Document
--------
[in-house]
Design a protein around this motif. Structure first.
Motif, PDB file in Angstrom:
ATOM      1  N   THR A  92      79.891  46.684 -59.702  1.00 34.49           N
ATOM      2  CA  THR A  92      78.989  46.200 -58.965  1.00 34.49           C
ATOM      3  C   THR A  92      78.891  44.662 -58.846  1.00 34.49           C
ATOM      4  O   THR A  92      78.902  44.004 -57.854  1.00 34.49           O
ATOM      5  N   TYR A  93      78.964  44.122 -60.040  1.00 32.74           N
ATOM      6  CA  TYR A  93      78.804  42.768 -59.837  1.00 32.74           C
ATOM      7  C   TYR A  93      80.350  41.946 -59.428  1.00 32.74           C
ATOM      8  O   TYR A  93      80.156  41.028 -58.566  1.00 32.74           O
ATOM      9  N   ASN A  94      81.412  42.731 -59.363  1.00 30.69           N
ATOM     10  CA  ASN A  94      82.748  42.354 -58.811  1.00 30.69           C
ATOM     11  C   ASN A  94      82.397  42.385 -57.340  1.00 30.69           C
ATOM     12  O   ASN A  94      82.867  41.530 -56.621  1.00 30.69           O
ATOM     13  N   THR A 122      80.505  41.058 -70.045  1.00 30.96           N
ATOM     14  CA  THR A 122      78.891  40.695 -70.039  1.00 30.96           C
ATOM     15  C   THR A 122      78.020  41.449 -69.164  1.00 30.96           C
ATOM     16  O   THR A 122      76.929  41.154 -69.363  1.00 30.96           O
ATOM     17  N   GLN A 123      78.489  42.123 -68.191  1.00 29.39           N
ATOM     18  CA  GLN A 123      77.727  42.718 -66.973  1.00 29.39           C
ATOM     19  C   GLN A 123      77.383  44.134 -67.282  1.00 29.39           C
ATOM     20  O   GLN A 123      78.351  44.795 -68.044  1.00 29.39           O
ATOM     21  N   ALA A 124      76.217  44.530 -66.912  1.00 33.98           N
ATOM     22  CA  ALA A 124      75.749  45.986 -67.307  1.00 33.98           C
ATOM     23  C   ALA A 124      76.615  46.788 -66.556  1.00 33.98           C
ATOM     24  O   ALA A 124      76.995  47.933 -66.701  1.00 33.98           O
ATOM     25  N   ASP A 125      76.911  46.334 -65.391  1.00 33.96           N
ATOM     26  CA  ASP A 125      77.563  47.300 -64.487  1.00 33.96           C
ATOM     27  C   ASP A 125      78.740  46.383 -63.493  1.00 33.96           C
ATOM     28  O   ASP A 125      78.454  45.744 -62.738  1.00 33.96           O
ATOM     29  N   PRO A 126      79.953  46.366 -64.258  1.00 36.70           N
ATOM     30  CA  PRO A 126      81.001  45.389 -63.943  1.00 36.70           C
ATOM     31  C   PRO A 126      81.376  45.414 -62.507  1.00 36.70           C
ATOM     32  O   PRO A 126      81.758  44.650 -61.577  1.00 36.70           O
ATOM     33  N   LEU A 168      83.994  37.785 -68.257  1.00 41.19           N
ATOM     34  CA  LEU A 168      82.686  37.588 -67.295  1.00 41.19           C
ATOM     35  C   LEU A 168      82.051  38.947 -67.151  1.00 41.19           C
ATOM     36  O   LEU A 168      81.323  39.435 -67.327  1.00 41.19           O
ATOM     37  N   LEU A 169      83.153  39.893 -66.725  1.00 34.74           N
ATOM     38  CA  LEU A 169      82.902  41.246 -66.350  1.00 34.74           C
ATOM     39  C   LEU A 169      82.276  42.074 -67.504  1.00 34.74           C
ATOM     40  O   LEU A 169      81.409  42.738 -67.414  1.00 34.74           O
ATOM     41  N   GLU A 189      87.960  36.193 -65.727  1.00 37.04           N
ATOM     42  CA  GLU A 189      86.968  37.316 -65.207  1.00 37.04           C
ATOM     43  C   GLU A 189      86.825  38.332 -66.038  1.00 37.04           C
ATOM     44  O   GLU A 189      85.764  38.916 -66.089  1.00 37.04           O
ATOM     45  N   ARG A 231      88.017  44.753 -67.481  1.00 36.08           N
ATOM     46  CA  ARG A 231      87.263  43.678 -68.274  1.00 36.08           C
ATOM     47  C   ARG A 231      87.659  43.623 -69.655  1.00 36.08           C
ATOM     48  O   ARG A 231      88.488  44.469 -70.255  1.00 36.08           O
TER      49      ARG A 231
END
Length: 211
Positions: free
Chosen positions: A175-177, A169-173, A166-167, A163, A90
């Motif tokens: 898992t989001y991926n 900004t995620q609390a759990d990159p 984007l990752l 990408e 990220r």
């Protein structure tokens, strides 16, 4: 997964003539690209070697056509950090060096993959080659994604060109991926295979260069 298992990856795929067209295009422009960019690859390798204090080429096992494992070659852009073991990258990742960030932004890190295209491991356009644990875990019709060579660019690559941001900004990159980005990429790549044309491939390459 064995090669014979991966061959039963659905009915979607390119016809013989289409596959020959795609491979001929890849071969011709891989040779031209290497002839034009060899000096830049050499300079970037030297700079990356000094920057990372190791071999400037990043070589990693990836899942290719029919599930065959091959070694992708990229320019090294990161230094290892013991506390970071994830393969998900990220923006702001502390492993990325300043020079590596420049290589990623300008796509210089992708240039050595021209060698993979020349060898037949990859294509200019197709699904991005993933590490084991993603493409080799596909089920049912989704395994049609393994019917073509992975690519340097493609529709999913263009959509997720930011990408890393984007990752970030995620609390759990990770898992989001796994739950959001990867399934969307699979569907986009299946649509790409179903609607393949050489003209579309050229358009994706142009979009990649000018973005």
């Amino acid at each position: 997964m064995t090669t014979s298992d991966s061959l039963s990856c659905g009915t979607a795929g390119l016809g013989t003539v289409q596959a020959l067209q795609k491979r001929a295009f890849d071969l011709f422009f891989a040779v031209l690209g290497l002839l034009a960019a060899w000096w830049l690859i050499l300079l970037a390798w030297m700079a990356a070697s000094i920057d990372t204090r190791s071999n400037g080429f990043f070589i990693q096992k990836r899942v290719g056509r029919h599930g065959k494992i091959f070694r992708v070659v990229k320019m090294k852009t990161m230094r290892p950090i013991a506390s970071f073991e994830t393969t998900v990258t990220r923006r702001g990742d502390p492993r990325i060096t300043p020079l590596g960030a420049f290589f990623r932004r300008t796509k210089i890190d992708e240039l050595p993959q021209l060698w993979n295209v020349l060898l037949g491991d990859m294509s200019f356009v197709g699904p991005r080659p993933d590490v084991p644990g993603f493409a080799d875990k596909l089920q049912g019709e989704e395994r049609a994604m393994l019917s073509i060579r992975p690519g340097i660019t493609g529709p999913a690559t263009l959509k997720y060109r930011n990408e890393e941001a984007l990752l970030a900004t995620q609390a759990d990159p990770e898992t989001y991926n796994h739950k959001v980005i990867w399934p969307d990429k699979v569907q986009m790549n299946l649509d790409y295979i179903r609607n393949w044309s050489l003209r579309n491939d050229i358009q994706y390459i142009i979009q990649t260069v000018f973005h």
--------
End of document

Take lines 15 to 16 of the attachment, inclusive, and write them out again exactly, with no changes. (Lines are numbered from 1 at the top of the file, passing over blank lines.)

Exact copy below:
ATOM     12  O   ASN A  94      82.867  41.530 -56.621  1.00 30.69           O
ATOM     13  N   THR A 122      80.505  41.058 -70.045  1.00 30.96           N